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Stomping and noise making by the name of Haman: 
Does the custom apply to adults? Some Poskim were not particular to make noise or stomp their feet during the recitation of Haman. Others however were accustomed to do so. This custom of stomping the feet by Haman was seen done by the Rebbe Rayatz.
When is one to stomp Haman? The worldly custom is to bang every time the name Haman is mentioned. However the Chabad custom is to only “strike Haman” in those areas that the name Haman is written together with a description, such as Haggagi [the descendant of Agag] or Hara [the wicked].
The Chazan: During the stomping, the Chazan is to remain silent and not continue the reading of the Megillah.
The Congregation: Due to the noise level made during the recitation of Haman each person is to read one or two verses to himself from a Megillah just in case the Chazan has already continued reading and one is unable to hear. One who does not have a Kosher Megillah available is to read along in a Chumash or printed Megillah. [In many communities today the custom is for the Chazan to remain silent until all the noise in the crowd has stopped.] .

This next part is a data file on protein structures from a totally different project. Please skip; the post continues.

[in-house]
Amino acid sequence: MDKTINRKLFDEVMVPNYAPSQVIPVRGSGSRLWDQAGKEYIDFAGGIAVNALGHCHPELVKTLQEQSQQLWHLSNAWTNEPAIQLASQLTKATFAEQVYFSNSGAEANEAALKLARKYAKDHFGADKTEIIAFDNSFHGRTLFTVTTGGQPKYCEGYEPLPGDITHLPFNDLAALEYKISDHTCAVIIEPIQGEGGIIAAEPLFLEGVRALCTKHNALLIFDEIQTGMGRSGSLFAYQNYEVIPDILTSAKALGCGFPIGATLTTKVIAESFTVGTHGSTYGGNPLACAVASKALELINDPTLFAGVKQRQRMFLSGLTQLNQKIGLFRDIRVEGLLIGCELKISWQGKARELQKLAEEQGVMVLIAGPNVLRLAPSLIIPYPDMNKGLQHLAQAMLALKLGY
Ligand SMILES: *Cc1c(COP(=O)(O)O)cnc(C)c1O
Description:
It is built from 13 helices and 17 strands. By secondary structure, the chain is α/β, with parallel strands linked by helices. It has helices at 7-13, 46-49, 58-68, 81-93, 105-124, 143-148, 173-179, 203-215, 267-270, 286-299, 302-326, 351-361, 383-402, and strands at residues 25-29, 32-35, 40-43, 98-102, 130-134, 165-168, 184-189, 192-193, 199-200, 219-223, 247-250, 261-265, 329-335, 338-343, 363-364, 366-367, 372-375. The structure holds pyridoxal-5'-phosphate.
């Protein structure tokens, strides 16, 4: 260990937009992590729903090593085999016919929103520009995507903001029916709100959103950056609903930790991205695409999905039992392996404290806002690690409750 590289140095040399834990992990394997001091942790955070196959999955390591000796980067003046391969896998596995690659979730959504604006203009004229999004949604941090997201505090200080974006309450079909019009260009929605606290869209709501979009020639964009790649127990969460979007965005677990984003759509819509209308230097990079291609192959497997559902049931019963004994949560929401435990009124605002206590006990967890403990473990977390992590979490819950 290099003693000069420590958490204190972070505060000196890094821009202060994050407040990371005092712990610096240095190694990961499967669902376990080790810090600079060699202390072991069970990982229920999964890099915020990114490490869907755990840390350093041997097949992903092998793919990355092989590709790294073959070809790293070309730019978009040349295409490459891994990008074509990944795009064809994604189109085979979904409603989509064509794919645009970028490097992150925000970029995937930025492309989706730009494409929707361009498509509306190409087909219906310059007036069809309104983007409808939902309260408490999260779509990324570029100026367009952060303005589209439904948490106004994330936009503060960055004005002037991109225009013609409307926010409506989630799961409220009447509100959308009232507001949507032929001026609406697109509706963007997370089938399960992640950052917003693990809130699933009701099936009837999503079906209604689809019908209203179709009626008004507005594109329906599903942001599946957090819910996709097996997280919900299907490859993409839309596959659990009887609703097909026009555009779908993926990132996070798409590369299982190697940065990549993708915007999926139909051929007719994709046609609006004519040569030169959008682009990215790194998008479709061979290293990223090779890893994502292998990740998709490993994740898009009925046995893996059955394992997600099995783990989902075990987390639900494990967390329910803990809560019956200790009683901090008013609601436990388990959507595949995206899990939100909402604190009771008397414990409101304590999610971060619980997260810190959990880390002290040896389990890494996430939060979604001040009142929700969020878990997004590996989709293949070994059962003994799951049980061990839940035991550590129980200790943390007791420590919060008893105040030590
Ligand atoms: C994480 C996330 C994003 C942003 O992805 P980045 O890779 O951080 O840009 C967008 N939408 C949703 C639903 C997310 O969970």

It is a proper custom to stamp ones feet and make noise when Haman’s name is read to signify the blotting out of his name. Care must be taken to arrange that the stomping will not interfere with ones hearing of the reading.
Sparks of Kabala
Haman gets hit in Gehenom during the reading:
It is a common saying amongst people that when one bangs during the saying of Haman, Haman himself receives those beatings by G-d and feels actual pain.
Gematria of Haman:
The Gematria of “Macho Emcheh” [מחה אמחה] is “Zeh Haman” [זה המן]. Likewise the last letters of the words “Vihaya Im Ben Hakos Harasha” [א״ם ב״ן הכות הרשע והי״ה] is Haman [המן].
 Rama 690/17